Backgrounders on the Bible through Biblical Archaeology


1480-1481 Ken Dark – Nazareth Archaeology

Church of the Annunciation - Nazareth

Church of the Annunciation – Nazareth

Having just visited Nazareth, but without enough time to visit the important archaeological sites, I decided to go back to the archives and bring out the 2015 interview that I did with Ken Dark, of Reading University, who has been investigating a unique archaeological site right across the street from the Church of the Annunciation, in the center of Nazareth.

It’s difficult to say whether this site could possibly be the childhood home of Jesus, but Dark believes that the Byzantine Christians who revered this site, believed it was the home of Jesus.


1618-1619 Mordecai Aviam – Galilee Churches and Finding Bethsaida

Mordecai Aviam, Kinneret College

Mordecai Aviam, Kinneret College

At the end of our recent Book & The Spade Israel tour, I had a chance to sit down and talk with Israeli archaeologist Mordecai Aviam about two of the big projects that he’s working on. We did the interview in his office at Kinneret College, on the southern shore of the Sea of Galilee, where he is senior lecturer in the Department of the study of the Land of Israel.

The first half of the interview covers his research into Byzantine churches of the Galilee, pagan populations that became Christian when Christianity became the religion of the Roman Empire. He is in the middle of excavating a number of the church sites, looking for mosaics that give information about church history.

The second half of the interview covers the recently begun excavation of el-Araj, a site along the northern shore of the Sea of Galilee, which may be the New Testament city of Bethsaida. For 30 years the nearby site of et-Tel has borne the Bethsaida identification, but there are issues with et-Tel and el-Araj has compelling discoveries which may indicate it is the real Bethsaida.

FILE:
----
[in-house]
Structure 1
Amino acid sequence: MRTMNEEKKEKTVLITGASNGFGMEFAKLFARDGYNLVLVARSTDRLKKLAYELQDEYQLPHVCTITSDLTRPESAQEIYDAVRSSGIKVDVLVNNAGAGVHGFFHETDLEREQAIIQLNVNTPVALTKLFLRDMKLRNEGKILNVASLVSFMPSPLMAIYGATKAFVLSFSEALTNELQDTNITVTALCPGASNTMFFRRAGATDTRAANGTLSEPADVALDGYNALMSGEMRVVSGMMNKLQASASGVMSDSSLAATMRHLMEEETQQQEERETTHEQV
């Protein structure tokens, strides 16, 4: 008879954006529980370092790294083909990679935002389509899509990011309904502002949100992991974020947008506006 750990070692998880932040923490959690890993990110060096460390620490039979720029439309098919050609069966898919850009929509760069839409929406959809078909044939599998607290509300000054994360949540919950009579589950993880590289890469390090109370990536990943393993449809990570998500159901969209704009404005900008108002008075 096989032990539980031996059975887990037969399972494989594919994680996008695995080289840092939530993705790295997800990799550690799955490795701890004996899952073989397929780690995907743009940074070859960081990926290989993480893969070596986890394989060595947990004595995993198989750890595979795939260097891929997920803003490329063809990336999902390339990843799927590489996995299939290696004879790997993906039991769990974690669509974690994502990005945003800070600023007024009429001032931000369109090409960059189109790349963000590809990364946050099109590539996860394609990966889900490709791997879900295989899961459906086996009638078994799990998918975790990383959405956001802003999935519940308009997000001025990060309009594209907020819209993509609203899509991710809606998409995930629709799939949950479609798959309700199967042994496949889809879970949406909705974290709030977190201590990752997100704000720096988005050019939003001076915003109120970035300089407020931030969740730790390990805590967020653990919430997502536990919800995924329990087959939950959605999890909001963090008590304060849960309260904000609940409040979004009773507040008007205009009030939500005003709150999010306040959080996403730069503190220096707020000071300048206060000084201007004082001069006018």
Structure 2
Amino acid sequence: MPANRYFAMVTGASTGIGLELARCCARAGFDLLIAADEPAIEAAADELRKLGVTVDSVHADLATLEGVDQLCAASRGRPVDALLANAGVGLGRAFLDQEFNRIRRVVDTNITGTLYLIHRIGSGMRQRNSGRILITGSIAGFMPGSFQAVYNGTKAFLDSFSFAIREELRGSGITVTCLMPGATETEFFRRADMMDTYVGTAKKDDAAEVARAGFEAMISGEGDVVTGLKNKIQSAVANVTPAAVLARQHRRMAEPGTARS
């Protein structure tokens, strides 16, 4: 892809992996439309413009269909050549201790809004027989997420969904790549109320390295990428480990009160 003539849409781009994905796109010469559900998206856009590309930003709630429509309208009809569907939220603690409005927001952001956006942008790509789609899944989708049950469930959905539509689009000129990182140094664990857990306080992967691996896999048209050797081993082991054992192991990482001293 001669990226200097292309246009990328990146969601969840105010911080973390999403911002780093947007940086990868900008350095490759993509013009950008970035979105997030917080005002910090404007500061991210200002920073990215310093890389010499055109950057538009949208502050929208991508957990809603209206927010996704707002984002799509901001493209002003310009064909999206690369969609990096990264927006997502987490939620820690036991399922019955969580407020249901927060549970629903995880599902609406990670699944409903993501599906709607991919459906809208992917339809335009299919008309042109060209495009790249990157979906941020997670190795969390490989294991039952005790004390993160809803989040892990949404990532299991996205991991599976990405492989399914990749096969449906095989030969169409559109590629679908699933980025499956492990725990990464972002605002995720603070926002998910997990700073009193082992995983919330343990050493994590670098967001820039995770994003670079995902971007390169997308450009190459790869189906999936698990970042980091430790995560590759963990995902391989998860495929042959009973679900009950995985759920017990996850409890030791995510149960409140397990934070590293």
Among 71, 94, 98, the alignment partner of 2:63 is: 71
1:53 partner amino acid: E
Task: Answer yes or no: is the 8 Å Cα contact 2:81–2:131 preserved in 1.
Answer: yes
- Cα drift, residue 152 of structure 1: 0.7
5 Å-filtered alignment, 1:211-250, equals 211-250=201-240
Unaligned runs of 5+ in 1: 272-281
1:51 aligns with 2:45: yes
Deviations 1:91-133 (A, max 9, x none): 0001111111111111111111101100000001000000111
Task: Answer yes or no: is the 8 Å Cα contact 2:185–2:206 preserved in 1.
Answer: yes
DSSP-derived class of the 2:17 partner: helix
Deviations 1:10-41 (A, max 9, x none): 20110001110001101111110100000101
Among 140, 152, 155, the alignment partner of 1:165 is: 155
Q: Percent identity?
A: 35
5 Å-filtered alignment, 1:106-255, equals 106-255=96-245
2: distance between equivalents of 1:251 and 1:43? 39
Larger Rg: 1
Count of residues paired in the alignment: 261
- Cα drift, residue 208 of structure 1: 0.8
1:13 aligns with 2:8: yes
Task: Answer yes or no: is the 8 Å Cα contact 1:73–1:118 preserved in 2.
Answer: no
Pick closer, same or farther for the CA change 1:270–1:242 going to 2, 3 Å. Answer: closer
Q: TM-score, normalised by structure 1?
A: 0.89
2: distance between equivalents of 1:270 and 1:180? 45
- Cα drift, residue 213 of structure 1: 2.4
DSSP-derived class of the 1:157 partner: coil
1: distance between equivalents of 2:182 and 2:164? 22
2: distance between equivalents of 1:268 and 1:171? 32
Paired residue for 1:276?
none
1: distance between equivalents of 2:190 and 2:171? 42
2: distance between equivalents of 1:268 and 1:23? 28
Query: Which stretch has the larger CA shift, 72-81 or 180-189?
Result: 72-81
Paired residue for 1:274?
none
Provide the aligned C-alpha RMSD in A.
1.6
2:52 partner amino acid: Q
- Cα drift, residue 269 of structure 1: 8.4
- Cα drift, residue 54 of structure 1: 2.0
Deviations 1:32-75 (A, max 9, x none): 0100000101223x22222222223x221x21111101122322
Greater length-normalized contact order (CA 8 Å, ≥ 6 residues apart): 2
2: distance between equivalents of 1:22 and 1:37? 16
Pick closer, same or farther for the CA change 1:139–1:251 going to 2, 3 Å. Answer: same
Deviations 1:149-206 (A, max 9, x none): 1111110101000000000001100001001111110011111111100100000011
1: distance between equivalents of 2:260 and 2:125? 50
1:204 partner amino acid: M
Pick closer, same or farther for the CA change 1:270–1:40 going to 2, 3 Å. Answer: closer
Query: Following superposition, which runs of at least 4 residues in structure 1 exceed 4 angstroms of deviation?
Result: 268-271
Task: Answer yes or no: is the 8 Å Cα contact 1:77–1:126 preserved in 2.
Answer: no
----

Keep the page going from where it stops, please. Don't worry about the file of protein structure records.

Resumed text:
1615-1617 Clyde Billington – Archaeology News Updates

Professor Clyde Billington

Professor Clyde Billington

In preparation for a two and a half week trek to Israel, and in recognition of the latest issue of ARTIFAX magazine, I talked with my ARTIFAX co-editor Clyde Billington about some of the news digests items that hadn’t yet been mentioned on our program. So we have three programs that have been posted online and sent out via RSS with all kinds of archaeological tidbits about what’s been happening in the world of biblical archaeology.

And it’s fair to say that the titles of the three programs just scratch the surface of what’s been reported in biblical archaeology lately:

  • #1615 – “Megiddo and Caesarea Update”
    #1616 – “What Happened to the Ark of the Covenant”
    #1617 – “Negev Desert Archaeology News”

I hope to bring back from Israel more news of biblical archaeology and post it in the weeks ahead. Stay tuned.

1613-1614 John Currid – The New ESV Archaeology Study Bible

Professor John Currid

Professor John Currid

An Archaeology Study Bible is a great resource for Bible study, drawing together information on all of the biblical background and perspective that enlivens our understanding of the biblical accounts and the biblical world.